The 2012 Summer Olympics will be starting July 27 and feature a variety of competitive sports. One of the sports that will be featured during the Summer Olympics is sailing.
In order to be successful during the event, the sails need to be placed so that the wind can cut through the sails, just like an airplane wing. There is a lot of technique used in sailing, since the boat cannot go straight through the wind and has to be moved in all directions to maintain forward momentum.
There are a lot of different terms that are used for sailing, so it is important to know the terms in order to enjoy watching the sailing tournament during the Summer Olympics. Here are the 10 most important sailing terms to watch out for during the 2012 Summer Olympics:
Rudder: The rudder is the metal or wooden plate, which attaches to the stern and is responsible for steering the sailboat. The rudder is often used to help direct the angle of the sails, which can help the boat gradually move forward.
Spar: The spar is responsible for holding up the sail. The spar is often wooden or metal pole that is attached to the sail, but it can also be a mast or boom. If the spar is damaged, the sail might not stay upright, which would hinder the movement of the boat.
Starboard: Starboard is the right side of the boat, which is the opposite side of the port. When you look at the boat while starboard, you should see the bow basically in front of you.
Trim: Trim is used to describe when someone is changing the angle of the sails, and it is referred to often during the Summer Olympics.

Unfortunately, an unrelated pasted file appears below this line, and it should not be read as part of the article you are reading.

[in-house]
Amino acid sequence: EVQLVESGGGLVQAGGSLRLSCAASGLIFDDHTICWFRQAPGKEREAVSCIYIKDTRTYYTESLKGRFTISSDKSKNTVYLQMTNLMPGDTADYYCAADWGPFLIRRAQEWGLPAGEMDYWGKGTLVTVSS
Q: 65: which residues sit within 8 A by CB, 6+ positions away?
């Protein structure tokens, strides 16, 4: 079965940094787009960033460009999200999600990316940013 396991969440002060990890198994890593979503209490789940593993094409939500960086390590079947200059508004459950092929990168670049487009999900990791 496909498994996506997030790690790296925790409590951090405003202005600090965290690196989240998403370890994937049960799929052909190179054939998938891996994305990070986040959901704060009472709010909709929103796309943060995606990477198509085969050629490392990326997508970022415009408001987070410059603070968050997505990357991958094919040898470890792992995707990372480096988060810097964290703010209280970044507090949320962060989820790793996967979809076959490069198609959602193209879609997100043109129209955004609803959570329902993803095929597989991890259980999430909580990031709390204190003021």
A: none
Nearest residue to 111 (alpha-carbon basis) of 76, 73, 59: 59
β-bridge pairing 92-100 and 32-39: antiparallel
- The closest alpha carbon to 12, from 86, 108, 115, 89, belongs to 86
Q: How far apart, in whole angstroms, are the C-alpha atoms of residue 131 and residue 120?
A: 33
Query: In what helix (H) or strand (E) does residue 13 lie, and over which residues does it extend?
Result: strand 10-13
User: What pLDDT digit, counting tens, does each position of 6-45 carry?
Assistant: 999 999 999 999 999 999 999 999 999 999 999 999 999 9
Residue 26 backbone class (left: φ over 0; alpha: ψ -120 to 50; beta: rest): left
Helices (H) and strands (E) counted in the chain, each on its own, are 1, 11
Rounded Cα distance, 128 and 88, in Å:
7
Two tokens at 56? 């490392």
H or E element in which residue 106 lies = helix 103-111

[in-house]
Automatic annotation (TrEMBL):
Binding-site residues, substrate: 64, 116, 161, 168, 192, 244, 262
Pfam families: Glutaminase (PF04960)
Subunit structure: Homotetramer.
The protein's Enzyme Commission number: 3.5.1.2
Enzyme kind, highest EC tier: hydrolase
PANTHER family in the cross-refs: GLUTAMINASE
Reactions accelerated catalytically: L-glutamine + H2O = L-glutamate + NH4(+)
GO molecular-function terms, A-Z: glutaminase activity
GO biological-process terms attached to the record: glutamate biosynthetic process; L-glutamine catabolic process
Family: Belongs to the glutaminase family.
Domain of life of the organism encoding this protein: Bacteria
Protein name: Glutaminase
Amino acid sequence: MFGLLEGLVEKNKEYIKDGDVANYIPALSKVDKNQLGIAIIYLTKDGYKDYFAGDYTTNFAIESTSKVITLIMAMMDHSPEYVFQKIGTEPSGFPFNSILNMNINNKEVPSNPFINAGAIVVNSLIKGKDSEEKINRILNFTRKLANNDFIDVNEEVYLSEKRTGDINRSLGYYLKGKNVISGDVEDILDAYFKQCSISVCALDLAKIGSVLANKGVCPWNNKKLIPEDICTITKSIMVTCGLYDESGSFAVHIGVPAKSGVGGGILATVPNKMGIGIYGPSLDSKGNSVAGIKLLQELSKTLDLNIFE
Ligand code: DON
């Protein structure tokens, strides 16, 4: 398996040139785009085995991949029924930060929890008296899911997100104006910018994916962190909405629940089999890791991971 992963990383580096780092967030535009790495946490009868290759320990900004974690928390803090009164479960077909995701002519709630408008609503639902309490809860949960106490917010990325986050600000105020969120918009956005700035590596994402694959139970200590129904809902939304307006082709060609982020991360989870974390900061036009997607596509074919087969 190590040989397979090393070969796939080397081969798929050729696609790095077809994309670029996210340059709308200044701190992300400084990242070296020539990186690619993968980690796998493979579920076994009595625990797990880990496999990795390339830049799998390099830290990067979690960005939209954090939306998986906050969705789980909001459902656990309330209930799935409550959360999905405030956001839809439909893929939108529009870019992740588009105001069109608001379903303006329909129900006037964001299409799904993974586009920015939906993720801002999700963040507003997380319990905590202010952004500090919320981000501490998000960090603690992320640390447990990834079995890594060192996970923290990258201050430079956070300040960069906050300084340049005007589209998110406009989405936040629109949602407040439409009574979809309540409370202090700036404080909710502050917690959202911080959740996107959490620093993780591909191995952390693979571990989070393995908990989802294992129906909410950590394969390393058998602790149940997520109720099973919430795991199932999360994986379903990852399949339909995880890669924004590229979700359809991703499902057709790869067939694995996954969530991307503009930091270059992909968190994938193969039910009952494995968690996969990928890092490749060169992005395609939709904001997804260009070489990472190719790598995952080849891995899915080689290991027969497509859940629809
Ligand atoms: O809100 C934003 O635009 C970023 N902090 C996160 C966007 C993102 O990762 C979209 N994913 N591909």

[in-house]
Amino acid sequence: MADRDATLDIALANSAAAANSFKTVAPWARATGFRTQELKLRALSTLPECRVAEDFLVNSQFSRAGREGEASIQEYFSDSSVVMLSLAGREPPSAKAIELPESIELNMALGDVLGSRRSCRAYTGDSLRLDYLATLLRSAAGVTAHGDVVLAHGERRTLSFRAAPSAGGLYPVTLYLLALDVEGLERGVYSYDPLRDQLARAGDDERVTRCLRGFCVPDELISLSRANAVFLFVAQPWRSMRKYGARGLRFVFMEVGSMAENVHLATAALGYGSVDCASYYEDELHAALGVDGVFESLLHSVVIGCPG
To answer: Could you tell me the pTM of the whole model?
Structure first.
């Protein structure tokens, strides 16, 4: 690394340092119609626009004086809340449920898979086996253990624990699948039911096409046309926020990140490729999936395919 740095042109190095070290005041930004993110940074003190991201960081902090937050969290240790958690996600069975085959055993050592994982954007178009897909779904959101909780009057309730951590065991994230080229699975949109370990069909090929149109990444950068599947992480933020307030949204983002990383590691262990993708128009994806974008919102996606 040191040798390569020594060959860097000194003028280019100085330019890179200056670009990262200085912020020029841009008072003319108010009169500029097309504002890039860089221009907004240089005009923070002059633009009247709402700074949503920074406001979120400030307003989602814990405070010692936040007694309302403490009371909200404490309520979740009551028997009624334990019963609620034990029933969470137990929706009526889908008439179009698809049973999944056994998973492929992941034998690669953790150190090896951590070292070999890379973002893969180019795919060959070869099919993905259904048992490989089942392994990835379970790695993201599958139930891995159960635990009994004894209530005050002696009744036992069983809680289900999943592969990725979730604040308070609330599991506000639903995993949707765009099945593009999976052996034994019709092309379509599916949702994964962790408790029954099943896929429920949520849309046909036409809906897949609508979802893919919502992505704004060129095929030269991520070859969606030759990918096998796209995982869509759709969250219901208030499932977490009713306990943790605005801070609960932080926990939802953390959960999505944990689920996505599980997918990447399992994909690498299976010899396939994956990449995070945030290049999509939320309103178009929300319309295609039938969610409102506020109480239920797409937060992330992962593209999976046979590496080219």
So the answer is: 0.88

Wake: The wake of the boat is used to describe the track the boat is on, which is seen behind the boat. As the boat moves forward, it is fairly easy to see the wake looking into the water, and it can help locate the direction of a boat.
Bear Away: Bear away is when the boat is being steered away from the wind, which is essential to keep the boat moving forward.
Beat: A beat is when the boat is sailing away or against the wind by using the tacking method. The tacking method is when the boat starts to move in a zigzag motion in the direction of the wind, and beating is often used to keep the momentum going over the sails.
Boom: A boom is the spar that is at the foot of the sail and is similar to a mast or pole. The boom can help the boat move in the right direction, and it is essential during high wind situations.
Buoy: The buoy is a floating object in the water, which is used to help the captain know where he or she is located at. A buoy can be many different sizes and colors and can be compared to a mile marker on the highway.
Leeward: Leeward is when the boat moves away from the wind, which is also the direction of the wind. If a boat is moving leeward, the boat is moving away from the wind and is experiencing downwind.
Jeanne Rose has been watching the Olympics with her family ever since she was little, and enjoys the sport of sailing.
- Sports & Recreation
- 2012 Summer Olympics